Organic agriculture and the conventionalization hypothesis: A case study from West Germany
The recent growth in organic farming has given rise to the so-called “conventionalization hypothesis,” the idea that organic farming is becoming a slightly modified model of conventional agriculture. Using survey data collected from 973 organic farmers in three German regions during the spring of 2004, some implications of the conventionalization hypothesis are tested. Early and late adopters of organic farming are compared concerning farm structure, environmental concern, attitudes to organic farming, and membership in organic-movement organizations. The results indicate that organic farming in the study regions indeed exhibits signs of incipient conventionalization. On average, newer farms are more specialized and slightly larger than established ones and there is a growing proportion of farmers who do not share pro-environmental attitudes. Additionally, a number, albeit small, of very large, highly specialized farms have adopted organic agriculture in the last years. However, the vast majority of organic farmers, new and old ones included, still show a strong pro-environmental orientation. Copyright Springer Science+Business Media B.V. 2008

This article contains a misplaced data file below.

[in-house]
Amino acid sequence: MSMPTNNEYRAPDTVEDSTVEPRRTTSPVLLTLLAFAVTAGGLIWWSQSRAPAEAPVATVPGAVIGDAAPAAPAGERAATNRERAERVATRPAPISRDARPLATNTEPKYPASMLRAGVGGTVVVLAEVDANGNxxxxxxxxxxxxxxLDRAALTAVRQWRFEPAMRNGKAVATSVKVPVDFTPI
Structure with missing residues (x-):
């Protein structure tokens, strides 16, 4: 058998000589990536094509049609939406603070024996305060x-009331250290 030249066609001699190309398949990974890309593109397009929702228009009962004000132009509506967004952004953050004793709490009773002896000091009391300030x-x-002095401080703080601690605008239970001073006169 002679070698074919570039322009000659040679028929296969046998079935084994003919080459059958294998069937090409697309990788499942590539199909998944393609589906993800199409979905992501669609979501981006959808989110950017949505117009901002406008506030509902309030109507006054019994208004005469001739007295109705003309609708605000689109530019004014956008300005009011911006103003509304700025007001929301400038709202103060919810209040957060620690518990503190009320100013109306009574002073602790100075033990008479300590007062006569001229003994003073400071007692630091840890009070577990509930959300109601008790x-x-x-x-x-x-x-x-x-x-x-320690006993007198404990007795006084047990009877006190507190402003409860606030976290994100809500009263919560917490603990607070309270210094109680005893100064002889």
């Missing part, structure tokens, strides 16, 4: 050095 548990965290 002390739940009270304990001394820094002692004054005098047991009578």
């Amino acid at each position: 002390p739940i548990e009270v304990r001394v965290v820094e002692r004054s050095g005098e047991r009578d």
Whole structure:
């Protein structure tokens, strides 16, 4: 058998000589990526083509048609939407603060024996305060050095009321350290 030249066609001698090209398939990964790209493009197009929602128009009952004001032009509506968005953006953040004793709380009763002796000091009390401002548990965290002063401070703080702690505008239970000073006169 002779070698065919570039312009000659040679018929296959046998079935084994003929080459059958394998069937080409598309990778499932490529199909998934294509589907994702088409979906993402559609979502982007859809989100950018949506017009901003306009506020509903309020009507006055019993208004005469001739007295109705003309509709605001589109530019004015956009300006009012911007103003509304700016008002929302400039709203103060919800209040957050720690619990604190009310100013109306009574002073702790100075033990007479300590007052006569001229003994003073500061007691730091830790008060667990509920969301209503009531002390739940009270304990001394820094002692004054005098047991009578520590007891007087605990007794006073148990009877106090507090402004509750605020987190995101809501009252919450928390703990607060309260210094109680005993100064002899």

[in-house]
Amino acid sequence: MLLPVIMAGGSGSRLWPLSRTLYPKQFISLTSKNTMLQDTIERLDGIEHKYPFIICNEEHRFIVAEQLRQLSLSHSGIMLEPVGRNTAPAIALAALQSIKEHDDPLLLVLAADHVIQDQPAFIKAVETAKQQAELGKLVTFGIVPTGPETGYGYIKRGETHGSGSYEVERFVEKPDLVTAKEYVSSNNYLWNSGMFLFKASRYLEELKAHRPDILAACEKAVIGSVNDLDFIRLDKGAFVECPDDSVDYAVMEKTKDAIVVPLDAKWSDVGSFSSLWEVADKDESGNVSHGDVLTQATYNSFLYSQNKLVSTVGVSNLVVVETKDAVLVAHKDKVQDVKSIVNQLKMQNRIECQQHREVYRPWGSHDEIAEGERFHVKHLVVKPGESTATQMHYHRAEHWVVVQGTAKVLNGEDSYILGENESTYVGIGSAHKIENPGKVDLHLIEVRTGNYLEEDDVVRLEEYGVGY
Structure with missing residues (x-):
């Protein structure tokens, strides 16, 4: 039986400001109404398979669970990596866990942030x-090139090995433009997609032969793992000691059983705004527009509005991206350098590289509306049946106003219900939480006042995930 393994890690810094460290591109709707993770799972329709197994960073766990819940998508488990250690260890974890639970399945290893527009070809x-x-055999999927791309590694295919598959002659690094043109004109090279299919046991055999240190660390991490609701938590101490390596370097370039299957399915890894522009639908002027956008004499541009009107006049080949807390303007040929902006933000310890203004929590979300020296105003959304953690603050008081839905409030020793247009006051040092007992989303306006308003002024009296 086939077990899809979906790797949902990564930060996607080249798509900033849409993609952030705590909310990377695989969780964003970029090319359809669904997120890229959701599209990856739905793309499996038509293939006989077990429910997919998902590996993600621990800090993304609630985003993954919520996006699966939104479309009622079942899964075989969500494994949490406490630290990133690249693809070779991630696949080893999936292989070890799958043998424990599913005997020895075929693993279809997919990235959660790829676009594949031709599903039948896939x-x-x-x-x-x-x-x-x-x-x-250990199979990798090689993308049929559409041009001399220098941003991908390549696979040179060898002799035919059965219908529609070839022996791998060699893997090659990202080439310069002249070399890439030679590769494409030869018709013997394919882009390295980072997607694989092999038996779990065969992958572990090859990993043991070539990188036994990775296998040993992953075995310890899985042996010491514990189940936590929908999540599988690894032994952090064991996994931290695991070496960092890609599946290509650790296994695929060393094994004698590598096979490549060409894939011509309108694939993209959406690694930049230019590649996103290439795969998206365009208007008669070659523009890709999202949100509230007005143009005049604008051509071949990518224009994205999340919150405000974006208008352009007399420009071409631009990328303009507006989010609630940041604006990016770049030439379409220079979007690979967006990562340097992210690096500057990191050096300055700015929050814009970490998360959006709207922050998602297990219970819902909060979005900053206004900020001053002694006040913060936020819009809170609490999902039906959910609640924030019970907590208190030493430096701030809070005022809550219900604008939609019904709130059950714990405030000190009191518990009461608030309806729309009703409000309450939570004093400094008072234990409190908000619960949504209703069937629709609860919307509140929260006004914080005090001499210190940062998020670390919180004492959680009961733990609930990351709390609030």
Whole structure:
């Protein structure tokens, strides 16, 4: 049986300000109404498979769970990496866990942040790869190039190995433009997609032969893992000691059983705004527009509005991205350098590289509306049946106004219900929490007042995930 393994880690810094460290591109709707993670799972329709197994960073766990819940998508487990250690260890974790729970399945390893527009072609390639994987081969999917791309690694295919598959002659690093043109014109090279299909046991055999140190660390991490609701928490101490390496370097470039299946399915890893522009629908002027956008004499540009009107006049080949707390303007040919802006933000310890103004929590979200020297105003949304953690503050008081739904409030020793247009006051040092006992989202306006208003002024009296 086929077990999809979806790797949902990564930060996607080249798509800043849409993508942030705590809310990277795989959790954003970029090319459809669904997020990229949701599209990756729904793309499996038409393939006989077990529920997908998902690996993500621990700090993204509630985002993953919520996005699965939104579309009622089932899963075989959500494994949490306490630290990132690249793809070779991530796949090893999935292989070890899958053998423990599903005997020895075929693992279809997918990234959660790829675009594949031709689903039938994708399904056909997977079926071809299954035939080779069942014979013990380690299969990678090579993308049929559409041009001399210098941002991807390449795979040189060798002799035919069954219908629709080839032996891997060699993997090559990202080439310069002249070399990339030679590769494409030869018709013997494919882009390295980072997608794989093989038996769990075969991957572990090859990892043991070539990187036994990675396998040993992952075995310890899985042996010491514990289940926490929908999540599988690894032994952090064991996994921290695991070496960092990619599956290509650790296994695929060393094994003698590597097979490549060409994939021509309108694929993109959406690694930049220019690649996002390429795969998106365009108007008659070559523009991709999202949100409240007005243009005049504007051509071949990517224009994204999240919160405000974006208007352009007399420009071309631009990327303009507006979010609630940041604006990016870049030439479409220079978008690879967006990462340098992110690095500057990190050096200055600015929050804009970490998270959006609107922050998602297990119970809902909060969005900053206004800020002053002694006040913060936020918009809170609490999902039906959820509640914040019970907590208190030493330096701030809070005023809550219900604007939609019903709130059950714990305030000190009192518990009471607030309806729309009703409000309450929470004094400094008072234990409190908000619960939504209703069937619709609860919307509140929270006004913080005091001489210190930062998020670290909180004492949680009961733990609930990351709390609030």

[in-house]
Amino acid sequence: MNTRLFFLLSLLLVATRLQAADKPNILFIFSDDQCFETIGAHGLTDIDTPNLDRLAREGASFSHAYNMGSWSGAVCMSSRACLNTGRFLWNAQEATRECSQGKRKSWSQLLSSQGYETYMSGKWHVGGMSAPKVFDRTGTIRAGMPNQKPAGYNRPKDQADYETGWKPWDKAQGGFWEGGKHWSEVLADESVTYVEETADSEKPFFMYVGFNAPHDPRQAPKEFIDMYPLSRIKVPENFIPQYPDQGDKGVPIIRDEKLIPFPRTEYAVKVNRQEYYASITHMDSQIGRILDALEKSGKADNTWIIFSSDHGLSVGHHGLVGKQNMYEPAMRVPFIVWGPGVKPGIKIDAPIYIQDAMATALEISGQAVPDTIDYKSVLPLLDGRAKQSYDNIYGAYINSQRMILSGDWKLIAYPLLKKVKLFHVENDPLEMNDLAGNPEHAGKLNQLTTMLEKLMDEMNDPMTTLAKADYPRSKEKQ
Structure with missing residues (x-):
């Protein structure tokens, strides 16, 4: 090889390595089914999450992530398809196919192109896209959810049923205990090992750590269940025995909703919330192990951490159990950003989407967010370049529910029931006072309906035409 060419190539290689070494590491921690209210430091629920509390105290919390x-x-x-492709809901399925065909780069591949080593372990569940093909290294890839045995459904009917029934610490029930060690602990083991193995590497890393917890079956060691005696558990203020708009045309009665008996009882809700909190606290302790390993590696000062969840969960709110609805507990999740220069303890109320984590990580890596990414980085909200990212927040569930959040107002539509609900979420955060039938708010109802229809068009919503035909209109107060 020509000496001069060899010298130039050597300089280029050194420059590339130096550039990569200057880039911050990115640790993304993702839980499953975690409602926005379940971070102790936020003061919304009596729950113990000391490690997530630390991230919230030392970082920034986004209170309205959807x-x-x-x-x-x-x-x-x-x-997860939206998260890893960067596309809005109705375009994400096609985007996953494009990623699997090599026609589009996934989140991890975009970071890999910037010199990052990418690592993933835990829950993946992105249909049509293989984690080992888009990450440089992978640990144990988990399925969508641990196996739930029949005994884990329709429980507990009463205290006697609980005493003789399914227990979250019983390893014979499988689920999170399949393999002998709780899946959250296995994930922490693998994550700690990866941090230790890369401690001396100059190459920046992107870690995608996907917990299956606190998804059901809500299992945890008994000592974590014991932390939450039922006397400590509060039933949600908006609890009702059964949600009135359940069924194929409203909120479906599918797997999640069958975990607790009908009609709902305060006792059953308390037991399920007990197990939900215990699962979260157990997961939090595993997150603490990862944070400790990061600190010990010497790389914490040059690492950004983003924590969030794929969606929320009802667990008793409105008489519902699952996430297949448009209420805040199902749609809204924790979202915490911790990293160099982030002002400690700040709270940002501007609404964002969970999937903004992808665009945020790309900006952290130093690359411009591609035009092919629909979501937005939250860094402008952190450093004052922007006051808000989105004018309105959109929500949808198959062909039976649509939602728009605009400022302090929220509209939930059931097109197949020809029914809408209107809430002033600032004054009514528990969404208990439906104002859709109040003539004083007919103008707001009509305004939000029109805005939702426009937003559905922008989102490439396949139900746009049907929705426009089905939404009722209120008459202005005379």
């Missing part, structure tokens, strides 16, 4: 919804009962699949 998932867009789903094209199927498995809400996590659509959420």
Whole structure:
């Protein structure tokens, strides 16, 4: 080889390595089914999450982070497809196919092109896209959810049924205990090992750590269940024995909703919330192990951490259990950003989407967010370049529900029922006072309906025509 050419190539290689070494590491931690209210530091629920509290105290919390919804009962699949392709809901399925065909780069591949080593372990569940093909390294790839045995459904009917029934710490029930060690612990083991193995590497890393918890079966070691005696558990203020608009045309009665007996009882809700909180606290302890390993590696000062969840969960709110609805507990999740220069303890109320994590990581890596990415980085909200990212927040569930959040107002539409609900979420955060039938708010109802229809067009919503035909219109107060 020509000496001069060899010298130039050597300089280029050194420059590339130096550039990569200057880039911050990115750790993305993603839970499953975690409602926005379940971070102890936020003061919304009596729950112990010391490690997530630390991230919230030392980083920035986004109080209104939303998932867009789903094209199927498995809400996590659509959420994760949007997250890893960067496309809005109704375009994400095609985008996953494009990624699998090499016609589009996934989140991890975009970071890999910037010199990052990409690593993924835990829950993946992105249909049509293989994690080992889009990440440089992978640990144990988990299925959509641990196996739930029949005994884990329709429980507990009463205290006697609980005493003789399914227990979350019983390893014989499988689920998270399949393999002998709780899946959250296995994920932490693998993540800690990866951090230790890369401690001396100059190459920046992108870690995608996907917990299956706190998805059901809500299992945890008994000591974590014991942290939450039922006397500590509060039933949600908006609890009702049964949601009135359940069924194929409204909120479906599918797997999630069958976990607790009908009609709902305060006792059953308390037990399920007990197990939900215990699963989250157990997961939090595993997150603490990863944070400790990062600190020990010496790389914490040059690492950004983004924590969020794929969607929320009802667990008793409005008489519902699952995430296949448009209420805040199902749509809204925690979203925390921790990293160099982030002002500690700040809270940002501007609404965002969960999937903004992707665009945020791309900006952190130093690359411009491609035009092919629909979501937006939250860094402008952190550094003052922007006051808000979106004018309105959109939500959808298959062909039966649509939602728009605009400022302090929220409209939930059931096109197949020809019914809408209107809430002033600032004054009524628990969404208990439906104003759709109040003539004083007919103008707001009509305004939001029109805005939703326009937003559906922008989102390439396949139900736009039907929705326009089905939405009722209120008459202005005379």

Volume (Year): 25 (2008)
Issue (Month): 1 (January)
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- Karen Klonsky & Laura Tourte, 1998. "Organic Agricultural Production in the United States: Debates and Directions," American Journal of Agricultural Economics, Agricultural and Applied Economics Association, vol. 80(5), pages 1119-1124.
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